Archive for the Paul Ormerod Category

Why we are much better off than the official statistics say

Why we are much better off than the official statistics say

The oldest surviving map of Britain was created in Canterbury a thousand years ago. Our ancestors had a good idea of how to get around. The country is depicted in its familiar shape. Understanding of the world outside Western Europe remained sketchy for centuries.  The phrase ‘here

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The IMF is in trouble – and not just due to its poor forecasts

The IMF is in trouble - and not just due to its poor forecasts

The International Monetary Fund (IMF) has played a prominent role in world financial affairs in the post-Second World War period. In the 1950s and 1960s, its main purpose was to support the system of fixed exchange rates. Since then its activities have evolved to embrace developing economies

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Ticket prices, fairness and behavioural economics

Who wants to watch the Scousers play football? Certainly no Mancunian, and probably no self-respecting Londoner either. Yet demand for tickets at Anfield, the home of Liverpool FC, is high. Indeed, there is excess demand: more people want to watch the games than there is room for

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Why Julian Assange shows that only intelligent machines can be truly rational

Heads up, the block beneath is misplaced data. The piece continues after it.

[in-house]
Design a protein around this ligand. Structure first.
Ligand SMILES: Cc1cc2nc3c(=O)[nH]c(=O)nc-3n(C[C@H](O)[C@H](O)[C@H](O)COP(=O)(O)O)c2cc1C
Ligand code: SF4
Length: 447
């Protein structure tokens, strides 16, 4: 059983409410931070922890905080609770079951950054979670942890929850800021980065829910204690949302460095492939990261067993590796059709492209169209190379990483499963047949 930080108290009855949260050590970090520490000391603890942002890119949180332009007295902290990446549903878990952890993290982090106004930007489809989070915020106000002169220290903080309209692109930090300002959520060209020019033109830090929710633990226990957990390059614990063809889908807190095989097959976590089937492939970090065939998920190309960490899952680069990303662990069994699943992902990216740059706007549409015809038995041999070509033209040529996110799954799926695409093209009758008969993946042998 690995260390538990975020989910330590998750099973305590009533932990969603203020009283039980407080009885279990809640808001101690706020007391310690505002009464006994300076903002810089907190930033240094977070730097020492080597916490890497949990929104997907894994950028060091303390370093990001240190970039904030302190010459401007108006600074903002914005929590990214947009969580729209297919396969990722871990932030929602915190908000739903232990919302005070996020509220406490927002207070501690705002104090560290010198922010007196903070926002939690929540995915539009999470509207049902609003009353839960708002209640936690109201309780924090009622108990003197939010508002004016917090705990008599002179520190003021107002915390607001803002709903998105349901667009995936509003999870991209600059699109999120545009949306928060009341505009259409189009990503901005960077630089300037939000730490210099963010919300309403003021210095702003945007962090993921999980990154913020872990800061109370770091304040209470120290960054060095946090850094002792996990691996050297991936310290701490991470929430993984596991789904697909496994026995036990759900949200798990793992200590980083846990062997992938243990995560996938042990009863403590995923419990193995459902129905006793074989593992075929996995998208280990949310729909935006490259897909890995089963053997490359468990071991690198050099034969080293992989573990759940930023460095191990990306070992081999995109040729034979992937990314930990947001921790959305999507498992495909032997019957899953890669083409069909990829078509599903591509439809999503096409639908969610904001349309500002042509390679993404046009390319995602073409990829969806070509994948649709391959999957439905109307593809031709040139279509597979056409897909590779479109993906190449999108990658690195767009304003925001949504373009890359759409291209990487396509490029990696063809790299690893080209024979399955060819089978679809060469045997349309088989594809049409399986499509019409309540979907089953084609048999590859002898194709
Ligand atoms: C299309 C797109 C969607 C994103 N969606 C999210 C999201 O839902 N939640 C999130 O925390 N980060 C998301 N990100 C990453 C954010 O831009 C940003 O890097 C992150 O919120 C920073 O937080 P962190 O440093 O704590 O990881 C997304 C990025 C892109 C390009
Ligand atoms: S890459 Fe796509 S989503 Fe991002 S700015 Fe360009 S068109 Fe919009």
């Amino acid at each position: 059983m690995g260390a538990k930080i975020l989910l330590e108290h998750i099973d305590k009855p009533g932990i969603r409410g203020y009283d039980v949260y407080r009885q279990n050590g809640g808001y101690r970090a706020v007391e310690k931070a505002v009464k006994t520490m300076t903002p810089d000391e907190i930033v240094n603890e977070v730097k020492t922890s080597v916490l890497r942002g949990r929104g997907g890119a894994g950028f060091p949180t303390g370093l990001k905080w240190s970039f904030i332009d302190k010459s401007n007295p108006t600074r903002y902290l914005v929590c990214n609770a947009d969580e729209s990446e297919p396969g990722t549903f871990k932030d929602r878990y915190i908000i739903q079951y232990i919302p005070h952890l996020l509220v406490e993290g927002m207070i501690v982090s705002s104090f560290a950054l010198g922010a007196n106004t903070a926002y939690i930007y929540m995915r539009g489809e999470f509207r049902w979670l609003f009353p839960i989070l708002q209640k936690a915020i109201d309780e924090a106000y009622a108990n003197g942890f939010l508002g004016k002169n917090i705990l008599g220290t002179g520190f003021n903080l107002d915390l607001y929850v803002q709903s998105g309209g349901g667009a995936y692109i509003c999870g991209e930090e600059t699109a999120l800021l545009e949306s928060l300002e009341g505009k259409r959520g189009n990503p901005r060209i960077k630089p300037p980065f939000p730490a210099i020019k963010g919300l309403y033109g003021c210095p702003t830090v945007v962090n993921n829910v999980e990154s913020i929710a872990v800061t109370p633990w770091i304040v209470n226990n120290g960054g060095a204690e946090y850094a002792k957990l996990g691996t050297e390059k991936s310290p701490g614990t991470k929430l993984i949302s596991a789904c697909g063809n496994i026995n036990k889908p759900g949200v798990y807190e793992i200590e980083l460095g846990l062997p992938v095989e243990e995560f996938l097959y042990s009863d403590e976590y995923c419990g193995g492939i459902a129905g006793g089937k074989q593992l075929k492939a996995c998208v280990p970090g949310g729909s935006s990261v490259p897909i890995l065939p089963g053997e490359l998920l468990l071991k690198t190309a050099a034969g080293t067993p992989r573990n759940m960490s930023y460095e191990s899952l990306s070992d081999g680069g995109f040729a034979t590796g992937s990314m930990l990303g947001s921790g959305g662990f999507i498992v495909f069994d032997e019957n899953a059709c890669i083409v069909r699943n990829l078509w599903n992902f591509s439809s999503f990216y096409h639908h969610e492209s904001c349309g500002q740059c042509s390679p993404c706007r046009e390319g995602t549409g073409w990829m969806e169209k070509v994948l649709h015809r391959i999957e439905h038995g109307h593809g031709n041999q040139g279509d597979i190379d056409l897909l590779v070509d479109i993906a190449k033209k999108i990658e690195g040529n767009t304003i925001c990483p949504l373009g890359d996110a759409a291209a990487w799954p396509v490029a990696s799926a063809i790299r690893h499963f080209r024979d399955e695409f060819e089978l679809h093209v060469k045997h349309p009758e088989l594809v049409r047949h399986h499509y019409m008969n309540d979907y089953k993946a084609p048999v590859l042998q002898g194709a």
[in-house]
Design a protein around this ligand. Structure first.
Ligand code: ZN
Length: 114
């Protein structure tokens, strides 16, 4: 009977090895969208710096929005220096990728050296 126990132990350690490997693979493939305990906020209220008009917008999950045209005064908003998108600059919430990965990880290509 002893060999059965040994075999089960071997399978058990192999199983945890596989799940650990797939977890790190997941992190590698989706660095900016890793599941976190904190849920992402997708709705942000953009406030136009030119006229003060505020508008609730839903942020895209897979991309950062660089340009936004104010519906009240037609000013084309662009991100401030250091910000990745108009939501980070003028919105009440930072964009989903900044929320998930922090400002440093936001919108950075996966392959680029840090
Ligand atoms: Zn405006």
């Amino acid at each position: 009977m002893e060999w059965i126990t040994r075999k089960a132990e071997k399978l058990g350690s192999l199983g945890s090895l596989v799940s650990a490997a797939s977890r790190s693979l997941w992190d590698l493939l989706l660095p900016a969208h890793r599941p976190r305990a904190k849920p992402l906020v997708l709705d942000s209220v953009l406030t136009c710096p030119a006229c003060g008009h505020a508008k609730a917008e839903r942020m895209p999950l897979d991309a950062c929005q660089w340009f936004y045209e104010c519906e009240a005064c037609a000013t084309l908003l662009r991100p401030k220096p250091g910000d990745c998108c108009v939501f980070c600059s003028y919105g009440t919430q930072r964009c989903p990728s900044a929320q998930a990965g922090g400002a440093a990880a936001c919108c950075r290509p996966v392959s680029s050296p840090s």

Is Julian Assange rational? There are no prizes for guessing the responses of most City A.M. readers to this question. He faces questioning over allegations (which he denies) in Sweden, and he claims that America will try to extradite him and put him in prison for a

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Are the markets telling the truth?

The opening month of 2016 has been marked by sharp falls in asset prices, not just in financial markets but in commodities such as oil.  The conventional wisdom is that the markets form a rational assessment of future prospects for the economy, and set prices accordingly.  So

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China is drowning in private sector debt: there’s no telling how this one will end

The eyes of the financial and economics worlds are now fixed on China, with focus predominantly on Chinese stock markets and the country’s GDP figures.  A fascinating perspective was provided last week in the leafy borough of Kingston upon Thames.  The university has recruited the Australian Steve Keen

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Science does not always make sense

The story of the week for many people was the new alcohol guidelines issued by the UK’s chief medical officers.  In 1995, the recommended weekly upper limit for men was set at 21 units, or around eight pints.  This has now been slashed to only 14 units.

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No more whingeing, please. The recovery is solid.

Last month saw some very positive economic news. The US Federal Reserve raised interest rates for the first time in over seven years.  The Bank of England reported on the major stress test of UK banks which it launched in March 2015.  It concluded that “the banking

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A Christmas competition with a difference…

… and the chance to win a bottle of champagne. For the prolonged holiday break, a quiz is appropriate. But one with a difference: not just questions, but comments to go with them. A prize of a bottle of champagne to the best answers – just email

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